God bless you Amy.

  2. Krysti says:

    And yet, mental illness is a contributing factor in many or most of these cases where gunmen go on shooting sprees. These attacks are a serious indicator that we as a society are not caring properly for our mentally ill or getting them the kind of help that they need!

    Marriages are destroyed by mental illness, particularly mental illness that goes untreated because of the fear of one or both partners in the marriage that the stigma of mental illness will create a disaster for the family finances if the mentally ill member seeks treatment, especially if they need to be hospitalized. Abuse and neglect go unreported and untreated for the same reason: that when the mentally ill person is the breadwinner, letting anyone know creates a situation that adds to the abuse and neglect–and the desperation, instead of resolving it.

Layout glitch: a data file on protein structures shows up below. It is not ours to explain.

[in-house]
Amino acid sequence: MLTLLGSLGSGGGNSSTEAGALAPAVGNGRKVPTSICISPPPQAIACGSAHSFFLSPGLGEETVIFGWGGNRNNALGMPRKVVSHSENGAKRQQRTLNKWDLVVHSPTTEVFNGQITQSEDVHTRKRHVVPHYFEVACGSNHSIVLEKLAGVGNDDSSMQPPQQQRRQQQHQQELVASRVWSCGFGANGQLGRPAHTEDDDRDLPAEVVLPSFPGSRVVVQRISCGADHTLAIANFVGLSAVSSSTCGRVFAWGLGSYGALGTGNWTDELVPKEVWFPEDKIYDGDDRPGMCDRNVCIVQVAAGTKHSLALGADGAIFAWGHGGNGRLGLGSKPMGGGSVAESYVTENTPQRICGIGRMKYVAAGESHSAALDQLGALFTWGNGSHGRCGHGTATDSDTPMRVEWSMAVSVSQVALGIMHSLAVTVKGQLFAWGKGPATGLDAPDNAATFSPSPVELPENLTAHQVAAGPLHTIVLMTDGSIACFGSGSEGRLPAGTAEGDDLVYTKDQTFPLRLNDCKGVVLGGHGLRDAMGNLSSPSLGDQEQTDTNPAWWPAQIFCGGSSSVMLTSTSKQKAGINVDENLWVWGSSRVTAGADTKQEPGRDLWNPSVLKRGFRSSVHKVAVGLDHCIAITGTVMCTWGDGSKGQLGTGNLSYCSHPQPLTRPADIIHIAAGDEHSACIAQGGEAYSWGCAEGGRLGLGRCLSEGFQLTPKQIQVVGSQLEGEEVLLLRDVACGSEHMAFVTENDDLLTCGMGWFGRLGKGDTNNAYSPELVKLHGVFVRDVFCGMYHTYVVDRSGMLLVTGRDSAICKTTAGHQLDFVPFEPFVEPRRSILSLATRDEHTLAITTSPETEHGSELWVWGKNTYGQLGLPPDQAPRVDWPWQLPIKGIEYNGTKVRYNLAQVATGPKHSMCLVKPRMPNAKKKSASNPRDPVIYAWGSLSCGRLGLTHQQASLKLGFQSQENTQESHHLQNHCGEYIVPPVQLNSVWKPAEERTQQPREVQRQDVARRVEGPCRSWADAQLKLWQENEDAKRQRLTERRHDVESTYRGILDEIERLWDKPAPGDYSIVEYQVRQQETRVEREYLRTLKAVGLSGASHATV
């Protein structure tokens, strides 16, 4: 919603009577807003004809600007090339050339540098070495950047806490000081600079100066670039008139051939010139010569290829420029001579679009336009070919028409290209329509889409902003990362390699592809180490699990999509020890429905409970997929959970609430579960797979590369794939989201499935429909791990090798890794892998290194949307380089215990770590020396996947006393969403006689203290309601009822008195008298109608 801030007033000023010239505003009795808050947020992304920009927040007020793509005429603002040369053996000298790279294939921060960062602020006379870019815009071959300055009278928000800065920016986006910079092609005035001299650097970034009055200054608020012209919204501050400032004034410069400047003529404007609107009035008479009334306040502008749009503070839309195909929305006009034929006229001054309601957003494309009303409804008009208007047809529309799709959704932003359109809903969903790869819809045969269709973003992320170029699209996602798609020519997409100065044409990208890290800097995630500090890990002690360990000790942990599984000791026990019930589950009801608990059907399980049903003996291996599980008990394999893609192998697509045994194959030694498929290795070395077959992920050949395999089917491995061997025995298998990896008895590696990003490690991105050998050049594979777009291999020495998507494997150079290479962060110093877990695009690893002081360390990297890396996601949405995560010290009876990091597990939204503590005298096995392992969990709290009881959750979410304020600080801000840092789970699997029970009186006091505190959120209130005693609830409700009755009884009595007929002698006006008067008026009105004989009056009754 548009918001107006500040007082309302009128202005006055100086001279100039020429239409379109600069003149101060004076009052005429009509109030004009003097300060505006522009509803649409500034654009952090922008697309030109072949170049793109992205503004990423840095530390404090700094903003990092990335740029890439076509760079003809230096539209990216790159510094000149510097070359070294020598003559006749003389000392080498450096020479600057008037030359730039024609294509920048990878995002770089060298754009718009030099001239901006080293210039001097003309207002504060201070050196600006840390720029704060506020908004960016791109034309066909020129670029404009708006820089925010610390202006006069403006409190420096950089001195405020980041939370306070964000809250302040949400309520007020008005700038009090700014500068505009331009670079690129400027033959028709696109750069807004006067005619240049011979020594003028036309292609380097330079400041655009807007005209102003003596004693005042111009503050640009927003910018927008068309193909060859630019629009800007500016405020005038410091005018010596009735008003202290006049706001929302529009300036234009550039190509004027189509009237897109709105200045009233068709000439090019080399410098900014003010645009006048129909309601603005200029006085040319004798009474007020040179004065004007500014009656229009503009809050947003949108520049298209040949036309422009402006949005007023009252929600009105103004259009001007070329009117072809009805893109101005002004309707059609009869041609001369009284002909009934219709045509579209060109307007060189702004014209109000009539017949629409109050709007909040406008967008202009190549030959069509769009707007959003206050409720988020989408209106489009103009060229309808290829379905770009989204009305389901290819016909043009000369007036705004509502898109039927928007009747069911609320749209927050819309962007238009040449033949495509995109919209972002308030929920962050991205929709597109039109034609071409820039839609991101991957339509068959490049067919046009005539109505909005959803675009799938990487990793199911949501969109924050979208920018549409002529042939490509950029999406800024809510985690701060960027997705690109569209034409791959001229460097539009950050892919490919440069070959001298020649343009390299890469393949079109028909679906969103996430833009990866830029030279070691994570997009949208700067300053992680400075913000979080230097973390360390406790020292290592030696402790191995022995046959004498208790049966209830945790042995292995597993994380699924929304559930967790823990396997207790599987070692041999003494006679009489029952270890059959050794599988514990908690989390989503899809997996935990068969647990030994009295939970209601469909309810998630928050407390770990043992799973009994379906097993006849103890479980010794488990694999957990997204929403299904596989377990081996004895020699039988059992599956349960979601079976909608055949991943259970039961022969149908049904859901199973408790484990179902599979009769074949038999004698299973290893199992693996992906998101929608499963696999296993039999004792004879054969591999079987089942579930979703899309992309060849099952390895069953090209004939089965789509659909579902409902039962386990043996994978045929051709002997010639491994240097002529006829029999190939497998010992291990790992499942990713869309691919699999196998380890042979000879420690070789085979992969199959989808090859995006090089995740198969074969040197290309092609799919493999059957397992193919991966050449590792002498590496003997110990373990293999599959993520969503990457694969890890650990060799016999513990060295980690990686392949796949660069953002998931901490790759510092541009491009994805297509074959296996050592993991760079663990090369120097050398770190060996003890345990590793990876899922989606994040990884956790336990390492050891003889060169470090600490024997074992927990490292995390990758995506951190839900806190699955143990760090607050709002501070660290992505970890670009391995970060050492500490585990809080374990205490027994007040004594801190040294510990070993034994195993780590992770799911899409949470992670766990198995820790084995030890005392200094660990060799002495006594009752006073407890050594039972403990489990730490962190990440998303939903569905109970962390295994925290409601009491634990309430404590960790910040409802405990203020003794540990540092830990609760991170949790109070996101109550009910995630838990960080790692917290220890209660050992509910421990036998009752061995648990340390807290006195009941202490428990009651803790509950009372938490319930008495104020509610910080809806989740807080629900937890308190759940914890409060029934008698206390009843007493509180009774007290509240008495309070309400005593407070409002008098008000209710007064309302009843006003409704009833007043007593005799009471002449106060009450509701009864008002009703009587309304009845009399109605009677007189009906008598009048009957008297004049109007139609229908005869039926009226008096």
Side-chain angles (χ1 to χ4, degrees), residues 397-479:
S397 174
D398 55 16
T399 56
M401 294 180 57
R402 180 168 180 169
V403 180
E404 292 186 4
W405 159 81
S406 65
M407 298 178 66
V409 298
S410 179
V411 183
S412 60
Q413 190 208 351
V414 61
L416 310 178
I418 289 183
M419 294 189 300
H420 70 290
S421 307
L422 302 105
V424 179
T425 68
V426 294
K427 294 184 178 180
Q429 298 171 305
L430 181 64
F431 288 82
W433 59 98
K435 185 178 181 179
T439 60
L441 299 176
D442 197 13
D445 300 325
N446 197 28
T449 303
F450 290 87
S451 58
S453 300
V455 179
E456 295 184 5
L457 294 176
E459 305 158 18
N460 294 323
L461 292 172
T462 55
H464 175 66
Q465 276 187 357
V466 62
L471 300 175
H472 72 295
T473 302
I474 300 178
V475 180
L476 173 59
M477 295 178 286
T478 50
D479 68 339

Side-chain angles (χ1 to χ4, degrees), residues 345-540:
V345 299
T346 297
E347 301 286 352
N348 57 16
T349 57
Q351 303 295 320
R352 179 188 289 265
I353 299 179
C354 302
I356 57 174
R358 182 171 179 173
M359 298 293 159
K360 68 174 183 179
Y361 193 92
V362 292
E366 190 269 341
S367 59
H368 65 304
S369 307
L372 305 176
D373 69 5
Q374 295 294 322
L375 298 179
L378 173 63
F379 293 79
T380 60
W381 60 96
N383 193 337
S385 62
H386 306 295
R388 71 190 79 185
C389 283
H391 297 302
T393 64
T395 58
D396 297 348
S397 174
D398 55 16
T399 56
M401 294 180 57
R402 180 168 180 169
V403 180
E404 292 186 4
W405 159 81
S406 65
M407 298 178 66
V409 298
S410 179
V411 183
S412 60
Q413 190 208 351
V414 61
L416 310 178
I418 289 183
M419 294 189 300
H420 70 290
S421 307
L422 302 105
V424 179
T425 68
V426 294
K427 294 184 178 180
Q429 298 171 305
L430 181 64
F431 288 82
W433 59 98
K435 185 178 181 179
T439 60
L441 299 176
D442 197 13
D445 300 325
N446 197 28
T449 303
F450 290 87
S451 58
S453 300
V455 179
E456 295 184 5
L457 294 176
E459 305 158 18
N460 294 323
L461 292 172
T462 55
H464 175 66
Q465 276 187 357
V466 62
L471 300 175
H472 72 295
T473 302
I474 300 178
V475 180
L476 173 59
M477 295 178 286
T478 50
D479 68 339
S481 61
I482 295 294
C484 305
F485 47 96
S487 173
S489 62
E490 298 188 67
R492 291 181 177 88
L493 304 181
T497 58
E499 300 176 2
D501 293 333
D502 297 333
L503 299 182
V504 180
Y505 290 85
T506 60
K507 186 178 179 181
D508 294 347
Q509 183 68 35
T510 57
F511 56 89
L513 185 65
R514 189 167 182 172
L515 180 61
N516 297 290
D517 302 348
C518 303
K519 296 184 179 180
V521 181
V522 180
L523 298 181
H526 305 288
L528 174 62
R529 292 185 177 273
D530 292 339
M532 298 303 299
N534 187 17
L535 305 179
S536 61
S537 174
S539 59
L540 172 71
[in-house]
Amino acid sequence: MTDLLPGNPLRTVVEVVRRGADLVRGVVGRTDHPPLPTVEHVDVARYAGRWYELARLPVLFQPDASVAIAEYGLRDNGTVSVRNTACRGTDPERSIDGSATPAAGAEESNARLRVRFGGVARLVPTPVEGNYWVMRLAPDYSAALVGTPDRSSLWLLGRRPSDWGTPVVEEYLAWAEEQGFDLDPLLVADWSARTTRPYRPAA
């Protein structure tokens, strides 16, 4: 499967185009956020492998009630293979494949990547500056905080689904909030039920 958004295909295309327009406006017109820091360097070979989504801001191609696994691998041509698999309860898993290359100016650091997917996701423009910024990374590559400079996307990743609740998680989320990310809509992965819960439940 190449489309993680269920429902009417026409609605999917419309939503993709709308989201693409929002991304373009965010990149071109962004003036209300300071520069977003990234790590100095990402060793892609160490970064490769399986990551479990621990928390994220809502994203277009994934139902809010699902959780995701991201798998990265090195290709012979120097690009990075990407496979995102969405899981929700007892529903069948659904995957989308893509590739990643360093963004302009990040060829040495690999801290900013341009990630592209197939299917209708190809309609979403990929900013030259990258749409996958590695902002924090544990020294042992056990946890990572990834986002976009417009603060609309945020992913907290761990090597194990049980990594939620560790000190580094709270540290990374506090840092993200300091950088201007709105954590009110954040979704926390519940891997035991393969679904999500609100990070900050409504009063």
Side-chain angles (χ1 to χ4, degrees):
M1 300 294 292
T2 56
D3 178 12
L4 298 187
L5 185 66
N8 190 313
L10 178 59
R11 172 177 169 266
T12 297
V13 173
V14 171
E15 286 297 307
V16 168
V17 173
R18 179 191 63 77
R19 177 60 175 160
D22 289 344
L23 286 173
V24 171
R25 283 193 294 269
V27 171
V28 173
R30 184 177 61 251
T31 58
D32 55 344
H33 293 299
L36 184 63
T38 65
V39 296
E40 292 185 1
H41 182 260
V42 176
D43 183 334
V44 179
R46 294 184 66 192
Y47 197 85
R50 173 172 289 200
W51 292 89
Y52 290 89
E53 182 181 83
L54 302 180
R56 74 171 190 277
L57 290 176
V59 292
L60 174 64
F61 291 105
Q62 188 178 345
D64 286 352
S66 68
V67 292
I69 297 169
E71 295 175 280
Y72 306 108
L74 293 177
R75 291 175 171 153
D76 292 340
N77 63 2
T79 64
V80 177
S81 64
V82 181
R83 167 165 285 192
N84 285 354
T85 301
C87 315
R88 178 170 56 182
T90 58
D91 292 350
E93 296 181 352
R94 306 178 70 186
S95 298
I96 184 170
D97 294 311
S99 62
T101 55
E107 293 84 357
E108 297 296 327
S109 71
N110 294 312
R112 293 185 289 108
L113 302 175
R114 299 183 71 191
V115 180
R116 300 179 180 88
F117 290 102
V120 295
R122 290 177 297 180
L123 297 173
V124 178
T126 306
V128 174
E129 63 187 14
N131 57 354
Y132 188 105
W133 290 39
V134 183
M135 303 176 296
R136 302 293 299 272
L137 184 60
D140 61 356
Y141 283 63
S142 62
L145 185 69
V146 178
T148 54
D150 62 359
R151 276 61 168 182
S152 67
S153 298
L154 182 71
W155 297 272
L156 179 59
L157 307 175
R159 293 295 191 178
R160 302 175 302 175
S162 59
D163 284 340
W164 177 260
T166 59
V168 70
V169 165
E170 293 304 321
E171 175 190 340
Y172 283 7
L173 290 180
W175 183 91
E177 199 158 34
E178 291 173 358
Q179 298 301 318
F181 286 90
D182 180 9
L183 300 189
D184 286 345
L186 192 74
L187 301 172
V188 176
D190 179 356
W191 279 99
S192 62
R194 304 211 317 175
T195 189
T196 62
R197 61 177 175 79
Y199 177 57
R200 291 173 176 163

As someone who has dealt with this dilemma with persons close to me, I have witnessed how mental illness which is poorly treated and inadequately monitored leads to situations where the mentally ill person loses control, wreaking havoc on schedules and discipline–not just their own, but also for everyone around them. Caring for them and trying to restore some semblance of order in their wake becomes a full-time job for their spouse or care-giver, leading to burn-out, poor physical health, and other stress-related issues. This is the often unvoiced toll of mental illness, and may be the greater danger.

    Our society needs to recognize that:
    1) the drugs currently in use are a treatment, not a cure for mental illness;
    2) as a treatment these drugs are many times ineffective or detrimental to the mental state of the person who receives them, even when it’s clear to everyone around them that they need treatment.
    It can take a number of tries to find the correct drugs and dosages.
    3) these drugs should only be administered under the direct supervision of a doctor in a medical setting until the patient has stabilized, because, especially in men, a bad reaction can have such devastating consequences.